There is no denying Vicki Wilson is a world-class horsewoman and now the 32-year-old is turning her hand to developing a successful career with thoroughbreds.
Wilson, who has recently joined the New Zealand Thoroughbred Breeders’ Association, is one of New Zealand’s best performed showjump riders and has travelled the world competing, educating and entertaining.
Wilson, along with her sisters Kelly and Amanda, first hit mainstream media in 2015 with the popular tv show “Keeping up with the Kaimanawas” following their progress with recently mustered horses and their journey towards domestication.
Her introduction to the thoroughbred industry came working for Group One winning trainer Jeff McVean.
“I did track work 11 or 12 years ago for Jeff and absolutely loved it,” Wilson said.
“We have also always had a lot of thoroughbreds in our showjumping team. Some of my top grand prix horses are thoroughbreds that haven’t made it at the track.
“My foundation broodmare is one of those and she was probably one of the best showjumpers I have ever had.
“The thoroughbreds do give you their heart once you get into their brains, they are neat animals to work with.”
Wilson has spent the last year and a half developing her Hawke’s Bay property and already it is the stuff equestrian dreams are made of. The impressive facilities include a 1000m training track, vet crush and walker, and also boast New Zealand’s first full stable vibrating floor, a water walking pond and solarium.
It is a one-stop shop offering breaking and pre-training, as well as foaling down, agistment and rehabilitation.
“We still have a long way to go,” said Wilson, who as well as being a talented rider is a skilled farrier and therapist using chiropractic and muscle work techniques. “We need to finish the stables and the arena. We just keep building and adding to it as we can.”
Rehabilitation is an important part of Wilson’s business model and the catalyst for taking out her trainer’s license. She makes the 35-minute trip to the Hastings track around once a week to gallop her racing team and has been impressed with the warm reception.
“We have always had a love for thoroughbreds and I started to rehab a couple for owners that came with body issues or problems,” Wilson said. “I started to really enjoy that so I decided to get my trainers license.
“I really enjoy training them, I love track work and jumping them out, rehabbing them and getting them as strong as I can in their bodies and mentally happy as well.
“David Morison is a local guy that has given me a bit of support with rehabbing horses and sending them here. That kick started it and gave me contacts.
“Everyone at the track, Guy Lowry, John Bary, are really supportive and friendly and happy to give ideas and help. I think that is pretty amazing.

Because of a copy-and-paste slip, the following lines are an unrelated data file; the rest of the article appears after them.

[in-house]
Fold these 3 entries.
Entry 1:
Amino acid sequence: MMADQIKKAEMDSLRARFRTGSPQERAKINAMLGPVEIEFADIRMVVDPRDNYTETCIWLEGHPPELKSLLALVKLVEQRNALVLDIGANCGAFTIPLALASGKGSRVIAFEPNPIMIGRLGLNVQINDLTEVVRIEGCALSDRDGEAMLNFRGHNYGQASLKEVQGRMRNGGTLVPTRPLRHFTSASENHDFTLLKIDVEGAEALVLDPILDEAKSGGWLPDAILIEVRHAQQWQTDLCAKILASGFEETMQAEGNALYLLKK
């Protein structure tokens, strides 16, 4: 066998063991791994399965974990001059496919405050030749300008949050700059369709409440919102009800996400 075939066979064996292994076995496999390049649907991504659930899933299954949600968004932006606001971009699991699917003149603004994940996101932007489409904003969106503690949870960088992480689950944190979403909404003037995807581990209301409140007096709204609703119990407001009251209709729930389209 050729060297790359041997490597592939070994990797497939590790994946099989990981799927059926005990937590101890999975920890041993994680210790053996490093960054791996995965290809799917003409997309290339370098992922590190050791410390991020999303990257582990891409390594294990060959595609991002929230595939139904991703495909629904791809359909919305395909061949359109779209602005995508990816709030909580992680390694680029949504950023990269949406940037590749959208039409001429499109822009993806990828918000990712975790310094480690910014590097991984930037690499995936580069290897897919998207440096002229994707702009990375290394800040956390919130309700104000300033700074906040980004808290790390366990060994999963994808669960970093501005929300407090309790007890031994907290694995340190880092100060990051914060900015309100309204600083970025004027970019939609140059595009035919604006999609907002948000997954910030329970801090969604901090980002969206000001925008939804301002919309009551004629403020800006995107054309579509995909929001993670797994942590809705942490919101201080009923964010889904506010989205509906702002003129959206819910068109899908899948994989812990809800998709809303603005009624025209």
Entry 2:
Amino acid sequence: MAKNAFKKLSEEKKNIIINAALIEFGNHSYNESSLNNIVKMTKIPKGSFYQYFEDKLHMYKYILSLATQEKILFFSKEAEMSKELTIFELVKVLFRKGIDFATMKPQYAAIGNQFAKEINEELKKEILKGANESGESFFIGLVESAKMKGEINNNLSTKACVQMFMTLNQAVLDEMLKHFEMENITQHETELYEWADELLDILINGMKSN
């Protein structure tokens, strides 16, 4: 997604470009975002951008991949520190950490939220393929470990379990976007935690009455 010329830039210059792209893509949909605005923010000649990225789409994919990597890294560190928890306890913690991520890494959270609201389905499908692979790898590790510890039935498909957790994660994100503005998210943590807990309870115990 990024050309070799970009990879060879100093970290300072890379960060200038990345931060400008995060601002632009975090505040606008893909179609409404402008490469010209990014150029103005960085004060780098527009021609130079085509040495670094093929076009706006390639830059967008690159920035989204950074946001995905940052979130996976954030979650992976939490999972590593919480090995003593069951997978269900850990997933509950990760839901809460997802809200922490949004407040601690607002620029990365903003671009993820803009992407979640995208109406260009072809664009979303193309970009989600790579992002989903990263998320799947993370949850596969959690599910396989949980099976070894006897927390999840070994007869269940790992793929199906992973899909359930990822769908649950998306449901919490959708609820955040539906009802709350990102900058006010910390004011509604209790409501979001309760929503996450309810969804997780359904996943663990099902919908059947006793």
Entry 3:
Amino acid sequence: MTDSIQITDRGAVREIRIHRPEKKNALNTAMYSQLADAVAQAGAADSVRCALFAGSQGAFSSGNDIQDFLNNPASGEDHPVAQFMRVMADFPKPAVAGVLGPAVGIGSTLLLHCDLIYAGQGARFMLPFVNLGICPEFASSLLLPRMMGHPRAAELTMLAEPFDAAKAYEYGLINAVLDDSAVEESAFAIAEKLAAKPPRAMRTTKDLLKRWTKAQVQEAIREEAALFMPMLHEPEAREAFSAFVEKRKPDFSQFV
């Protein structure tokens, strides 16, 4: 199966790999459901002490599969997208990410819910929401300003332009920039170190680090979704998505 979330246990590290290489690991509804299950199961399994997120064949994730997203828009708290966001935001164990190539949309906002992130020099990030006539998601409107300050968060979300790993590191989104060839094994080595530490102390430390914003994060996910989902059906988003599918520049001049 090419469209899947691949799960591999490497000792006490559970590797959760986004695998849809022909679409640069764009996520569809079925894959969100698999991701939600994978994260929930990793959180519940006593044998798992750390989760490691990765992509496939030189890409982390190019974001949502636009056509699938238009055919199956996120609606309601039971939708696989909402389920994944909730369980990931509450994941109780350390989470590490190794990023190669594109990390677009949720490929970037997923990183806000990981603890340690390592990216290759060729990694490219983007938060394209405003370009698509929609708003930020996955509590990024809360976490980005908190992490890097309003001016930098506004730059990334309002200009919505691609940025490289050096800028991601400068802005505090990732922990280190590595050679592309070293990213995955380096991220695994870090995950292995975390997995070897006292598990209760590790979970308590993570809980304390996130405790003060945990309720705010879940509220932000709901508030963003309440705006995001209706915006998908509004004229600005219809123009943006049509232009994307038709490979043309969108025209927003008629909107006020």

“I don’t know a lot about the racing industry, I’m learning as I go and coming from a completely different world but I love what we are doing.
“I keep learning and keep improving as we go.”
Included in the racing team is five-year-old Rip Van Winkle mare Rippin who is gearing up for a raceday return.
“I bought her to become a broodmare and the plan was to put her in foal in the spring,” Wilson said. “But we thought we would see what we can see under saddle with her first.
“She had a bit of success early on and then slackened right off. I think she is a lot stronger mentally and physically now so we will give her a play.”
“Our thoroughbreds do the same work as our sport horses,” she said. “They go on the track, they do a lot of river work, go in the water pool and on the walker. I really believe the horse’s mental health has to be good.”
Wilson is also developing her thoroughbred broodmare band and is enjoying the challenge of mating decisions.
“I have three or four broodmares to breed from this year and some quite nice ones,” Wilson said. “There is a Rip Van Winkle, a Savabeel and an Iffraaj.
“We have a couple ideas of stallions. We are still new to the breeding side of things with the thoroughbreds. I’ll be treating it like the showjumpers in what I am looking for, conformation, pedigree and performance will count.”
“It will be good fun playing to start.”
The determination and skills that have seen Wilson succeed to such a high level in the equestrian world are now being applied to her thoroughbred endeavours and she plans to keep expanding on that aspect of her business.
“We would like to stand a stallion here at some point,” she said. “That would be the plan, we want to keep growing and see how far we can go.” -Amie Best, NZTBA